Image copyright Getty Images Image caption New Zealand health officials believe the decision will boost tourist numbers from Europe
Bovine tetanus vaccine (BTV) is to be phased out on trimester 3 of pregnancy from 2022, following a recommendation from the New Zealand health ministry.
New Zealand, traditionally one of the world’s most generous providers of healthcare to overseas travellers, decided to drop the disease in 1997, to prevent people getting pregnant and transmitting the illness back to their children.
But in recent years the government has invested extra money in the programme, according to a review.
An infectious disease has rarely been seen in New Zealand since the beginning of the plan.
Although there have been cases in Europe since 2005, for which there is no vaccine, and with some exceptions, New Zealand’s BTV policy is having no negative effect on tourism, health officials said.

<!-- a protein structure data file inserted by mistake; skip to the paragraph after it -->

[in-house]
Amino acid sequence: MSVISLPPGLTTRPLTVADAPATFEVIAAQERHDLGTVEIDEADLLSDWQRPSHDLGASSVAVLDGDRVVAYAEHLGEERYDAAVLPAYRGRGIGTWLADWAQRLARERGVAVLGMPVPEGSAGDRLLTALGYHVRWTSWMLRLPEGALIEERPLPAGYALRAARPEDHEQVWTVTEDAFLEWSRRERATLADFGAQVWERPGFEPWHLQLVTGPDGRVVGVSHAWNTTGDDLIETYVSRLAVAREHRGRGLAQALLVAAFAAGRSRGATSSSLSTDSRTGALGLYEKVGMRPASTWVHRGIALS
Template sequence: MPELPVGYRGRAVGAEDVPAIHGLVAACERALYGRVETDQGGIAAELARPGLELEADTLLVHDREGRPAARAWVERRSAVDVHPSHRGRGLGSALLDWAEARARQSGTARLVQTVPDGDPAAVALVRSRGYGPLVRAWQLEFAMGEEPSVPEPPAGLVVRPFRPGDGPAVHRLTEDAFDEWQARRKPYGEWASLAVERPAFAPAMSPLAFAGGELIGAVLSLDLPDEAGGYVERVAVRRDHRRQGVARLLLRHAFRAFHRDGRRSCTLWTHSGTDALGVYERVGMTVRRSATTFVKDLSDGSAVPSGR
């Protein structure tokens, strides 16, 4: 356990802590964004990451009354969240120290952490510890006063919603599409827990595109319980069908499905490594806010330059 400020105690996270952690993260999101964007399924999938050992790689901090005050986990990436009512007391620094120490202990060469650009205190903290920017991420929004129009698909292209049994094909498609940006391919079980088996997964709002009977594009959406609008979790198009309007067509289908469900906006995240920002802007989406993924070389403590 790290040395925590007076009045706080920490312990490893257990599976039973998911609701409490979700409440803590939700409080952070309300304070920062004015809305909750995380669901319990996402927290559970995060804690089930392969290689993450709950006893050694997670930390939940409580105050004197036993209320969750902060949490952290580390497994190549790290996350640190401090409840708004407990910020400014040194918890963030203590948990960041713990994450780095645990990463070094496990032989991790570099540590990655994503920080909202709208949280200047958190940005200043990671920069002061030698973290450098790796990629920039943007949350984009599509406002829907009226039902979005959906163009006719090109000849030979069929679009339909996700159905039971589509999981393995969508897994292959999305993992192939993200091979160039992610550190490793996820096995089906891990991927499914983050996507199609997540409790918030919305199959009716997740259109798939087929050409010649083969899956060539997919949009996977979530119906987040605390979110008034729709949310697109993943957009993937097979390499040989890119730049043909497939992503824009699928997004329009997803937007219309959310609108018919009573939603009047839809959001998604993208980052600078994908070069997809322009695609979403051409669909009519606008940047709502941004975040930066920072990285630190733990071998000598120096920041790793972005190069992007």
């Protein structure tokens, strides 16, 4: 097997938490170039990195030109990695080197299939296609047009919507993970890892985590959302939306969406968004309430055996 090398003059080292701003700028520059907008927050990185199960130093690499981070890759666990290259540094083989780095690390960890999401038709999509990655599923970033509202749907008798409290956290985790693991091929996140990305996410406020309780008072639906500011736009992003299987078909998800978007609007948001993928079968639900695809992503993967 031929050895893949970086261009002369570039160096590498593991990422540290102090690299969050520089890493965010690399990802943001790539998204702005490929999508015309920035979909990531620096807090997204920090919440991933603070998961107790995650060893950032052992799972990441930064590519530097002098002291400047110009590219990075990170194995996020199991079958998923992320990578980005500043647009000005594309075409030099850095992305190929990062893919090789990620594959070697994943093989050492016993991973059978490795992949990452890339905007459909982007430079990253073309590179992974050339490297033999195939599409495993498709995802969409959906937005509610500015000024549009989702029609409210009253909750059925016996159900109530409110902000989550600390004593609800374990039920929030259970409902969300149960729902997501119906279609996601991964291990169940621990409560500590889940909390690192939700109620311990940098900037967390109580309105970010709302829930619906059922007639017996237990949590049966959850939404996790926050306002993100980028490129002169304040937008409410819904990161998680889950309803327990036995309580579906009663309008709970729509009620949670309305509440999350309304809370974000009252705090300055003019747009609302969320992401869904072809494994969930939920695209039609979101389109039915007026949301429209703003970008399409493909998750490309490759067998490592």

At its peak, the travel sickness programme covered 140,000 pregnant women and their partners a year.
The main reason people seek medical assistance in a first trimester is the risk of developing anaemia, caused by a deficit of iron in the bloodstream. This is compounded by the effects of the HTLV-1 virus.
In July 2017, 46 people travelled from New Zealand to India – mostly from South Auckland – while seeking NHS treatment for tiredness.
New Zealand first became inoculated against tetanus in 1889. New Zealand’s biological doctor, Dr James Pike, found the large reservoir of tetanus was caused by a bird flu virus transmitted by migratory birds.
In turn, the vaccine was successful in eradicating that threat and in saving the lives of thousands of people when tuberculosis and measles outbreaks occurred.